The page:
New face of hunger in New Mexico

Food banks need resources to meet this need

By Gerry Fairbrother and Tracey Enright
Posted 6/18/20

There's a new face of hunger in New Mexico.

Individuals who have never before needed to rely on the government safety net, food pantries or soup kitchens are now regularly appearing at food distribution events.

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New face of hunger in New Mexico

Food banks need resources to meet this need

Posted

There's a new face of hunger in New Mexico.

Individuals who have never before needed to rely on the government safety net, food pantries or soup kitchens are now regularly appearing at food distribution events.

Last week in Ohkay Owingeh, Jill Dixon from The Food Depot [based in Santa Fe] registered a woman who was in line to receive a box of groceries. Tears were streaming down her face as she stammered her answers to the questions. Finally, she stopped and said, "I'm sorry, it's just ... I've never done this before."

Twenty cars later, another woman, her 10-year-old child in the passenger seat said, "Two adults, three kids ... yes, my husband and I, we are both unemployed now, I didn't know what else to do. Is it OK that I am here?"

Later that afternoon, in Santa Fe, another woman came to The Food Depot looking for help. "I heard there was food here, fresh produce. I've run out of all my canned goods now, and my stimulus check is gone. I thought I'd wait and see if I could make it. I can't."

These are folks who were previously working, but their jobs have now disappeared. They have exhausted their savings and the stimulus check. Unfortunately, the end is not yet in sight.

As hunger increases across a recently locked-down nation, the poor are hardest hit - as usual. Many New Mexicans laid off from work don't have the next month's rent or enough food, even for this month.

And what is true in New Mexico is also true for the nation. By the end of April, more than two out of five households with young children were "food insecure," according to a report by the Brookings Institution.

What does "food insecurity" mean? This is a sterile, sanitized policy phrase, and one that can lead to minimizing the problem. But this would be a mistake. Numbers around "food insecurity" come from surveys using validated questions taken from the USDA's food security questionnaire.

People are deemed "food insecure" if they said it was "often" or "sometimes" the case that:

"The food we bought just didn't last and we didn't have enough money to get more" and "The children in my household were not eating enough because we just couldn't afford enough food."

So, families that policy people call "food insecure" are ones whose children sit in front of empty plates with growling stomachs. A friend told us about a young child who had stomach pains from hunger. That child wrapped a belt tightly around his waist to create a pain that might - just might - cover the pain of hunger.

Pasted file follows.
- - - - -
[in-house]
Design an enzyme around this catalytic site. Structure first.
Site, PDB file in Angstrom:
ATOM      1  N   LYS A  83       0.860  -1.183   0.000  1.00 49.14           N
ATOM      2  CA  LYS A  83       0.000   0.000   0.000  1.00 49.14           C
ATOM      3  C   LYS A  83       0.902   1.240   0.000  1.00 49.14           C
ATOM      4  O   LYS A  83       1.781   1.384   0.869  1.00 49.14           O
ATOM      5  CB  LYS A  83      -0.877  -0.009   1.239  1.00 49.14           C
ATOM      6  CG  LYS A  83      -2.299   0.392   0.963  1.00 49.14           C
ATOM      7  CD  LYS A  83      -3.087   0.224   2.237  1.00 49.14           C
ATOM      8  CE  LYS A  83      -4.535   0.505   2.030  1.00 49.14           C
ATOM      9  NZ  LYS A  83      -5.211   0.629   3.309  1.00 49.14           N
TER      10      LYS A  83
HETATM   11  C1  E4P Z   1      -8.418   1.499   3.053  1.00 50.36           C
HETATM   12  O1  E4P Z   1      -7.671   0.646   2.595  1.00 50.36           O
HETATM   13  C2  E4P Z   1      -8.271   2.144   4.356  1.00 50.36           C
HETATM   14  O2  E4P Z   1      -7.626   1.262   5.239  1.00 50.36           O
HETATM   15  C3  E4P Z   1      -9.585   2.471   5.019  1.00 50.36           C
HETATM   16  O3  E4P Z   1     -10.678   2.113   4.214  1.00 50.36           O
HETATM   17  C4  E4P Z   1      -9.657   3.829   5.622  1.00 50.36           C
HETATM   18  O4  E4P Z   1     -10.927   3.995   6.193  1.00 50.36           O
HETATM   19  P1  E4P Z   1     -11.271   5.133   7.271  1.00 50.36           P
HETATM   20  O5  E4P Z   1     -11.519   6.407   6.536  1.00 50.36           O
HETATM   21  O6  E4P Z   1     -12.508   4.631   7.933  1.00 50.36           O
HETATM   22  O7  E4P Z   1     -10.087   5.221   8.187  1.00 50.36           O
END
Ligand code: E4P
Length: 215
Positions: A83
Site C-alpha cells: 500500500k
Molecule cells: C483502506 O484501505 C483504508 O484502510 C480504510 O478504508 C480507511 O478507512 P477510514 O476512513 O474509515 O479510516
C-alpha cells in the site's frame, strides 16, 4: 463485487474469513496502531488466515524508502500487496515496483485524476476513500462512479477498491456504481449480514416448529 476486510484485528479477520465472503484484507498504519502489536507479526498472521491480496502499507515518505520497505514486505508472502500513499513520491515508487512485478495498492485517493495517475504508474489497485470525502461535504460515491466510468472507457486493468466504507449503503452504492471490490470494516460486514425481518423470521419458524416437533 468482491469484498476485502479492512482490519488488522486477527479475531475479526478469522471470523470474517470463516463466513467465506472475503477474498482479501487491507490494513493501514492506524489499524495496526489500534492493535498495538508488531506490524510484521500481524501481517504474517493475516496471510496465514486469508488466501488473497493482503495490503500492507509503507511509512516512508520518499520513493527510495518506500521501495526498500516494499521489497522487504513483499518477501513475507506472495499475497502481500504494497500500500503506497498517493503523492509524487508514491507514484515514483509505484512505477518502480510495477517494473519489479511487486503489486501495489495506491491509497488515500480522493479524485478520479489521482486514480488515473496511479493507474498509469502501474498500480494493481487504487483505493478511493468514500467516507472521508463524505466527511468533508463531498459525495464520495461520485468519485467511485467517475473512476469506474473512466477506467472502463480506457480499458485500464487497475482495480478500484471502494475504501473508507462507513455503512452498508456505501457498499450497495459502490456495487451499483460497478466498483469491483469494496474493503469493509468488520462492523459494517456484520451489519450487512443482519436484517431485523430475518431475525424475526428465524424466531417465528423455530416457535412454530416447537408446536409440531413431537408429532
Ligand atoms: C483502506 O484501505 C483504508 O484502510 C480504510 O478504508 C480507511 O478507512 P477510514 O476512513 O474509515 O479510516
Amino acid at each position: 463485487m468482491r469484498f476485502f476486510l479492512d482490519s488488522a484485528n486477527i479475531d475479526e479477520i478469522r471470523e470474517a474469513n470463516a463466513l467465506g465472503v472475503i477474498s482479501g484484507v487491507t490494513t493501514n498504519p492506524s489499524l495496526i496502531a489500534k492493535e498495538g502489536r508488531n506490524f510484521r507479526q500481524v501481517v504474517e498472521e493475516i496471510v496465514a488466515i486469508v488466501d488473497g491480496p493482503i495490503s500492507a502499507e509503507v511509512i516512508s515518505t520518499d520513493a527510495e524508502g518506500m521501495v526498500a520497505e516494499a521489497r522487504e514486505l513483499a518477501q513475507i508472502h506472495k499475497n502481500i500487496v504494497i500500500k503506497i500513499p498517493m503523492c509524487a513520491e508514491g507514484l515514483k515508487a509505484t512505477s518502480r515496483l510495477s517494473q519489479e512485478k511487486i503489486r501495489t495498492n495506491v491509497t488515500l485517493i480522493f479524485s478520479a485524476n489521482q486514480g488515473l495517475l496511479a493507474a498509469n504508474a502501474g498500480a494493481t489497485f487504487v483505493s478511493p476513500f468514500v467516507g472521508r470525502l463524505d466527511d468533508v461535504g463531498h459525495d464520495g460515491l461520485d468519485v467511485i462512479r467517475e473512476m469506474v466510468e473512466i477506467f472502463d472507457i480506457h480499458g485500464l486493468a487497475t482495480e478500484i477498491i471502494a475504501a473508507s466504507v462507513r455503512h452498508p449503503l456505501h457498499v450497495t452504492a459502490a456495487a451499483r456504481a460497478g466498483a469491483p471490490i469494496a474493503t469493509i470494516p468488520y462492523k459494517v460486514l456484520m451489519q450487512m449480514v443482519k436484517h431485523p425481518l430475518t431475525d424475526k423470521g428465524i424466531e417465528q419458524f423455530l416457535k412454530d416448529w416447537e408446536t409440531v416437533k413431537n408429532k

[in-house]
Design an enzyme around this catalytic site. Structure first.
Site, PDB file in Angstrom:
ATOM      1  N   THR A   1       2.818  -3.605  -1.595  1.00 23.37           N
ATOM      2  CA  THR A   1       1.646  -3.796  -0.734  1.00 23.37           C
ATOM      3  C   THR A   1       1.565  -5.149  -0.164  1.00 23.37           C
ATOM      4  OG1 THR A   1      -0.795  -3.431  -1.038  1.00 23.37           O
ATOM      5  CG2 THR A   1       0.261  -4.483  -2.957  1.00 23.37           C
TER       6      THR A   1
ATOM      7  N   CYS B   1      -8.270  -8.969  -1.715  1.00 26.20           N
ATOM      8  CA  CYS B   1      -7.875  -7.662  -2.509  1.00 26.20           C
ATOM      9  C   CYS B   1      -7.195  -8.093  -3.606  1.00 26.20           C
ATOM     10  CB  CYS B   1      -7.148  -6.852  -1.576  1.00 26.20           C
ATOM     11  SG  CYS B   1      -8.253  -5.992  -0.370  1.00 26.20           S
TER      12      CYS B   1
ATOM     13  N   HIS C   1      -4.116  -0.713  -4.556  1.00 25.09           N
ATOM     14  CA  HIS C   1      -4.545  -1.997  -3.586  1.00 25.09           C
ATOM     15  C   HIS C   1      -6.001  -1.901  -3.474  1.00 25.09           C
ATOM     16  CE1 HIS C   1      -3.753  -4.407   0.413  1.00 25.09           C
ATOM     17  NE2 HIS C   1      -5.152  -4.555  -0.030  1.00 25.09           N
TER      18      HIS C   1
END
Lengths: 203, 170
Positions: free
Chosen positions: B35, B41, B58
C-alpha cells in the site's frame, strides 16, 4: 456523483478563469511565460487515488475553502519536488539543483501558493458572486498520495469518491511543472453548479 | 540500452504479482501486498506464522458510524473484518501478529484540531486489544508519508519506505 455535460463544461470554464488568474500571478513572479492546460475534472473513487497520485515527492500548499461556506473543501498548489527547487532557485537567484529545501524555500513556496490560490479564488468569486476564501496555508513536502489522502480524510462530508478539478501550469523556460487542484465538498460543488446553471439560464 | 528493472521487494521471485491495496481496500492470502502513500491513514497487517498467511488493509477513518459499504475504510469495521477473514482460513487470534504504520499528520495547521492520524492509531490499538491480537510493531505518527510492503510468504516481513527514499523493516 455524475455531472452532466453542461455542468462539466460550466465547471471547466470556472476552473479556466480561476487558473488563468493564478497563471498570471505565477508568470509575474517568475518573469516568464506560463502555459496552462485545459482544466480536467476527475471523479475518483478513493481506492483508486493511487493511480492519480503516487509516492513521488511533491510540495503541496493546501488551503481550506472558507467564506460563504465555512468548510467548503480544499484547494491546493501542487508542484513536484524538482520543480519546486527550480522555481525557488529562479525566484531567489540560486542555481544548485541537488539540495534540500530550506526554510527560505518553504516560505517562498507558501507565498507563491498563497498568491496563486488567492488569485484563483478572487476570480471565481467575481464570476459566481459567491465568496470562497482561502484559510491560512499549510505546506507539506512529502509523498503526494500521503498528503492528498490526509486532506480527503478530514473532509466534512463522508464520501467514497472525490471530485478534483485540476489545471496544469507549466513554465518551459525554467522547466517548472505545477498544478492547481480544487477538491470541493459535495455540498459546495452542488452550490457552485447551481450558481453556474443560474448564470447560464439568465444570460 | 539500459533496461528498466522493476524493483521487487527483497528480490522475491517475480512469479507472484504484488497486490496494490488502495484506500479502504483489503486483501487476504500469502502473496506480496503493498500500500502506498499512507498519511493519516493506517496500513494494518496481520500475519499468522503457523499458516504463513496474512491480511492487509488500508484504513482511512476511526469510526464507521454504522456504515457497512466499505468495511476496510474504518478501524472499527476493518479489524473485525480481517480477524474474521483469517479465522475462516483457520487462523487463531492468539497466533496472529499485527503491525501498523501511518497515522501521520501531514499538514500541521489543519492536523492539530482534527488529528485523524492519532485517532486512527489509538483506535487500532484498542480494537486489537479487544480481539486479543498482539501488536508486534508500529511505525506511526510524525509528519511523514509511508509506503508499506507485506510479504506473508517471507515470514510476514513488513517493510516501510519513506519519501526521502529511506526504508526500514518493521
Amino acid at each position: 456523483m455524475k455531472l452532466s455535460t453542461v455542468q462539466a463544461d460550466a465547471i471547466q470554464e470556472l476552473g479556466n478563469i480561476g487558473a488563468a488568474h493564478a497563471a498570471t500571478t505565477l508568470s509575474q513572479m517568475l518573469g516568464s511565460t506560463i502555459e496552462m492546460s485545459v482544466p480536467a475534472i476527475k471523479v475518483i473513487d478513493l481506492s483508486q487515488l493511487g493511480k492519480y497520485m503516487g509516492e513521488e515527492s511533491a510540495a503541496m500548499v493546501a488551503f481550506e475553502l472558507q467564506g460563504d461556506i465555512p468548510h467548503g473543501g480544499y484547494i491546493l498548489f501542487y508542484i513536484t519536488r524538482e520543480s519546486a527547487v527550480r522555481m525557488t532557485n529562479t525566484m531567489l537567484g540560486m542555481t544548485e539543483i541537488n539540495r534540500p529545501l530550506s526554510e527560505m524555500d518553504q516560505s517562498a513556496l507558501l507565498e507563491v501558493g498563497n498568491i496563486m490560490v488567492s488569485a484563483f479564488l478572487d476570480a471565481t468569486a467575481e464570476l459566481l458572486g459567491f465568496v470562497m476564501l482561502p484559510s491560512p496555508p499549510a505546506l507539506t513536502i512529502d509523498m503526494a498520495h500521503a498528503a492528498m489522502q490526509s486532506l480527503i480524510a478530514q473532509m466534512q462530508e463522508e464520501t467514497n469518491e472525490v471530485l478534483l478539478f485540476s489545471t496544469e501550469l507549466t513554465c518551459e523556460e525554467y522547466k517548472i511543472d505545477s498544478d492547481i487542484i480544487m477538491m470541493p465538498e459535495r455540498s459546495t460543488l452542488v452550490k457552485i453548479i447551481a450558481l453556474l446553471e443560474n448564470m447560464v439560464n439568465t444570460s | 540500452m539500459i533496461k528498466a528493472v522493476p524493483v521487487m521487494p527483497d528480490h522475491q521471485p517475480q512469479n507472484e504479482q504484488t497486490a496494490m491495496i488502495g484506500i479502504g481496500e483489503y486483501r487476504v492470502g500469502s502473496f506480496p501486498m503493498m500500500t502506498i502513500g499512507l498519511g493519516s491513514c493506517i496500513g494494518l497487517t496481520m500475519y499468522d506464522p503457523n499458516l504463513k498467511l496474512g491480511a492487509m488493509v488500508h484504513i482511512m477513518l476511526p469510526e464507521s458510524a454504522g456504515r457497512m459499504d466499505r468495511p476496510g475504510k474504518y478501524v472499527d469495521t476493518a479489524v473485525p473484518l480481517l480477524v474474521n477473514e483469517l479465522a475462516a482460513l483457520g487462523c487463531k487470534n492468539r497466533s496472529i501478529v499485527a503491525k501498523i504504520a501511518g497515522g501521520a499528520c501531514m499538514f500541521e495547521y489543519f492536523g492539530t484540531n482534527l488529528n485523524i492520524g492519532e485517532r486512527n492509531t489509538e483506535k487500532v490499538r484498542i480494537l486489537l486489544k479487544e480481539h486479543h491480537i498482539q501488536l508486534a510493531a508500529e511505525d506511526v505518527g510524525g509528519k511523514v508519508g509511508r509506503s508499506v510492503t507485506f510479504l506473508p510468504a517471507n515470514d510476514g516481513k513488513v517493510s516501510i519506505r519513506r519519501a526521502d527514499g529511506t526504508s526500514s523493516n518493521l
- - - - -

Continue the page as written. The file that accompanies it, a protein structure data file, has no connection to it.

This is the face of "food insecurity."

These families then turn to food banks. In typical times, The Food Depot provides 528,000 pounds of food each month to a network of nonprofit hunger-relief partners and to people through direct service programs.

These are not typical times.

In April, The Food Depot distributed over 1 million pounds of food, enough for 836,635 meals - almost twice the amount as in typical times - through a network of nonprofit hunger-relief partners and to people through direct service programs. The Food Depot is proud of being able to supply high-quality, nutritious food to its clients. Of that 1 million pounds of food, 53 percent was fresh produce and 16 percent was protein items.

The pandemic is likely to go on for a long time. Food banks will require additional funds to keep providing to hungry people. Private citizens have stepped up to volunteer their time and donate money, but more is needed. Food banks will need financial resources from the state.

We urge you to contact your state senators and representatives to ask them to support current and proposed programs that preserve or expand hunger relief services in our state. Programs such as SNAP and WIC, as well as those of the five food banks in New Mexico are in dire need of support as they continue to support people in our communities.

Gerry Fairbrother and Tracey Enright are members of The Food Depot's Food and Nutrition Advocacy Committee. Fairbrother is also a member of RESULTS Santa Fe and Health Action NM.

hunger, New Mexico

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